5 posted on 08/13/2007 5:44:38 PM PDT by facedown (Armed in the Heartland)
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To: Sir_Humphrey
Simply go look at your school district’s budget, your county’s budget, your state’s budget and any other taxing entity’s budgets. You will see such great uber spending and fluff, it will turn your stomach. One major problem is each person who is elected and leaves office has usually gotten retirement AND also invested their time in office to support them comfortably with some new legal add on to an agency. Hence, the uber requirements to hold a plumber, electrical, real estate, CPA, etc. license. Many of these “certified classes” are run by ex-legislators or their close friends....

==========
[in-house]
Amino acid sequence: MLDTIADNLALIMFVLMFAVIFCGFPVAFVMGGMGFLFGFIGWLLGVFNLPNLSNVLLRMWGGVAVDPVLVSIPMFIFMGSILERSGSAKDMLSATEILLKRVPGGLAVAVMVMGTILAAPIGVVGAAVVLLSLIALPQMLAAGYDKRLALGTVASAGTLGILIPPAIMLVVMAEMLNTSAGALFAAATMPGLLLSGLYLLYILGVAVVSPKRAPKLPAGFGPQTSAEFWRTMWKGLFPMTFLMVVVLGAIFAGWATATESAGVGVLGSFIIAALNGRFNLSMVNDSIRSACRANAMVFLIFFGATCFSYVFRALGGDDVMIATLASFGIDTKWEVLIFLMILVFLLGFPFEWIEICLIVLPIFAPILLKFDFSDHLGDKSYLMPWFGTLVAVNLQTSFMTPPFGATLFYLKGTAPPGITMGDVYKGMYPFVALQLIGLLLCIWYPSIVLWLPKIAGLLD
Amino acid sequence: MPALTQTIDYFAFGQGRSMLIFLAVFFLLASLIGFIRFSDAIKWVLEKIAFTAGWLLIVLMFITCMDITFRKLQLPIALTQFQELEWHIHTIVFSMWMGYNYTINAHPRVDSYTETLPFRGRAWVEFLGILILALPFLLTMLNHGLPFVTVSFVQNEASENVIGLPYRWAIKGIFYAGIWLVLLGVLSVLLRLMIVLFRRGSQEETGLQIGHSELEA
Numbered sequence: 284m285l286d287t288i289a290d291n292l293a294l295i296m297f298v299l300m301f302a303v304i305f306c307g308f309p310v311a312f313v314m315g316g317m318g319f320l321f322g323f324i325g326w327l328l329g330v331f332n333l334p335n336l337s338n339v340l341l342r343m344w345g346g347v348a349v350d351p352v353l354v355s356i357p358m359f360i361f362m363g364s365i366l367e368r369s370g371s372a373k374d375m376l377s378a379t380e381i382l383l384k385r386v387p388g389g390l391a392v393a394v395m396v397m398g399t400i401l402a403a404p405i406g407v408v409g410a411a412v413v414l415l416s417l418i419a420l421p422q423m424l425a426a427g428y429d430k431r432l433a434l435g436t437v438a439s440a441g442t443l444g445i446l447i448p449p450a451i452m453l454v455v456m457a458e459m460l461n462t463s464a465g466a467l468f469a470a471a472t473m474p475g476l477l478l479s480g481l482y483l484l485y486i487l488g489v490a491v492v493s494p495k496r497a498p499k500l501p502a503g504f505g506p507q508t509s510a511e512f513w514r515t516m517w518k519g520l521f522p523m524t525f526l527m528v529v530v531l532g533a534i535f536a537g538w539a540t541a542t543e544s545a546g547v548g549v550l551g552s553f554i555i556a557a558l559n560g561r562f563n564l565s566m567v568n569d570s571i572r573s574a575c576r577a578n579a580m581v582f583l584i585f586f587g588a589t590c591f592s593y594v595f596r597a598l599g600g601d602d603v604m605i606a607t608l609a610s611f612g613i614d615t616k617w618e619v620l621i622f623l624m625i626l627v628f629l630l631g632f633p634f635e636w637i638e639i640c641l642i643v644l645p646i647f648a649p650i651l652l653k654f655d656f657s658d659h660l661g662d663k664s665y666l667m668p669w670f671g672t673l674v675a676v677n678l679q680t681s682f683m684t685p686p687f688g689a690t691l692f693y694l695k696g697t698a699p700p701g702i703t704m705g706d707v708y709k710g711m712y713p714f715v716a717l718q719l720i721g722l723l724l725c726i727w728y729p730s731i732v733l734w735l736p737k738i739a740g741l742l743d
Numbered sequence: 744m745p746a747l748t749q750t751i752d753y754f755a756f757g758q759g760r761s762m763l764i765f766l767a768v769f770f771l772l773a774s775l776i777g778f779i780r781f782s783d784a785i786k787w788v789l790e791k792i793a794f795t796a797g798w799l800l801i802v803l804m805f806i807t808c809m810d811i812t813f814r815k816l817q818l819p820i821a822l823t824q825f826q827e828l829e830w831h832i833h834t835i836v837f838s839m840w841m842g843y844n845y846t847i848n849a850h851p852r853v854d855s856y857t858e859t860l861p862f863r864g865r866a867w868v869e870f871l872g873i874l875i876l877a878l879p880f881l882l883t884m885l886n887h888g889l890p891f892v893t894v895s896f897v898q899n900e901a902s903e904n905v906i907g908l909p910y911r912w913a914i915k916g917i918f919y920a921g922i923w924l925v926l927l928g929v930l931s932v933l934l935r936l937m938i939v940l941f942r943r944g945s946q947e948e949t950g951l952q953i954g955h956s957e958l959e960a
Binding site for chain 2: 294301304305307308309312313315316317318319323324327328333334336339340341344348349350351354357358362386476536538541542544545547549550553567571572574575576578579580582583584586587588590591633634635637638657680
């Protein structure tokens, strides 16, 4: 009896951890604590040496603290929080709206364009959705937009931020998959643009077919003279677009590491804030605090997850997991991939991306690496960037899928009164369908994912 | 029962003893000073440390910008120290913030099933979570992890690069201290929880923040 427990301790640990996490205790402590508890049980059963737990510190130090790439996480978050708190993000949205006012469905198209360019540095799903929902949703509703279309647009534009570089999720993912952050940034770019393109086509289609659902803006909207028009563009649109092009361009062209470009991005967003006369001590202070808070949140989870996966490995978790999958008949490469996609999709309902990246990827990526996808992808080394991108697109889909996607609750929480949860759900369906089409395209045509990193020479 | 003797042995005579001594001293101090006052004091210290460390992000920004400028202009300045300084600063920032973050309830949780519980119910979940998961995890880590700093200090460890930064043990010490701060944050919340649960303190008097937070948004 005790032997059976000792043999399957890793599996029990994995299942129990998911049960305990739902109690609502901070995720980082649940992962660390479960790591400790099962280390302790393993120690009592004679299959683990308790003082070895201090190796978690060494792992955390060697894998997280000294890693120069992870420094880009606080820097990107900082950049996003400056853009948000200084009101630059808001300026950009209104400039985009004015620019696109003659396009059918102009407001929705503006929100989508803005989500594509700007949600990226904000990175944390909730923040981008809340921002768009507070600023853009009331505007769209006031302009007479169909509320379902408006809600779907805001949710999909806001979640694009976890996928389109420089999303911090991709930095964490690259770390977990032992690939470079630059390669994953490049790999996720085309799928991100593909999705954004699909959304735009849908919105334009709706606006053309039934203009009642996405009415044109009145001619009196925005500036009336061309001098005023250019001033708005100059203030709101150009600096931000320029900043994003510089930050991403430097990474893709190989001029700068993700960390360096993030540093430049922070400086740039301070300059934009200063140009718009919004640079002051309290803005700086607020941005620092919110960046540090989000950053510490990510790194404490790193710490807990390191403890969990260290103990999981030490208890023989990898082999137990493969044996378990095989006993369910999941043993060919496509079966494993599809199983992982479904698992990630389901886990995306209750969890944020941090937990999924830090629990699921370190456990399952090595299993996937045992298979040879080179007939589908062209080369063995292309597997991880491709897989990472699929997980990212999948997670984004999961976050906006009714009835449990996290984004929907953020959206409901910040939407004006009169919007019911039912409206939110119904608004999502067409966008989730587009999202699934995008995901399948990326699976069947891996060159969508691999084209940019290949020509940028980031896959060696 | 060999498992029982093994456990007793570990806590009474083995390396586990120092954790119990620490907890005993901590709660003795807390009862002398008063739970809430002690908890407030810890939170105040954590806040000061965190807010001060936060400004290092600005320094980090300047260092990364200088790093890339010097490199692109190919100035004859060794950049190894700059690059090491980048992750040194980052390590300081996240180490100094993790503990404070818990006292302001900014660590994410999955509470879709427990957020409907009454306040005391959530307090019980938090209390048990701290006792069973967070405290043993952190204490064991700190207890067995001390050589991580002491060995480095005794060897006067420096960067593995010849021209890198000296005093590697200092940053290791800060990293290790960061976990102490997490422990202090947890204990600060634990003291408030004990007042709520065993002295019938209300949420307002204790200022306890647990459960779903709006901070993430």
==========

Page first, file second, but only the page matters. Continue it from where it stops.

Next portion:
6 posted on 08/13/2007 5:46:11 PM PDT by YouGoTexasGirl
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To: Sir_Humphrey

“Learn from the fall of Rome..”

One of the many differences between us and Rome is that the latter did not have a death wish while we do. It is called globalization, multiculturalism, PC and the desire for diversity and not unity.


7 posted on 08/13/2007 5:46:32 PM PDT by 353FMG
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To: 353FMG
One of the many differences between us and Rome is that the latter did not have a death wish while we do

Rome had its own special vices, however some of the ones you mentioned they faced as well. And inevitably the result will be the same

8 posted on 08/13/2007 5:51:16 PM PDT by billbears (Those who do not remember the past are condemned to repeat it. --Santayana)
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To: Sir_Humphrey

so why did he have to get FT to run his story? /rhetorical question.


9 posted on 08/13/2007 5:54:45 PM PDT by the invisib1e hand (Hate me, I'm white.)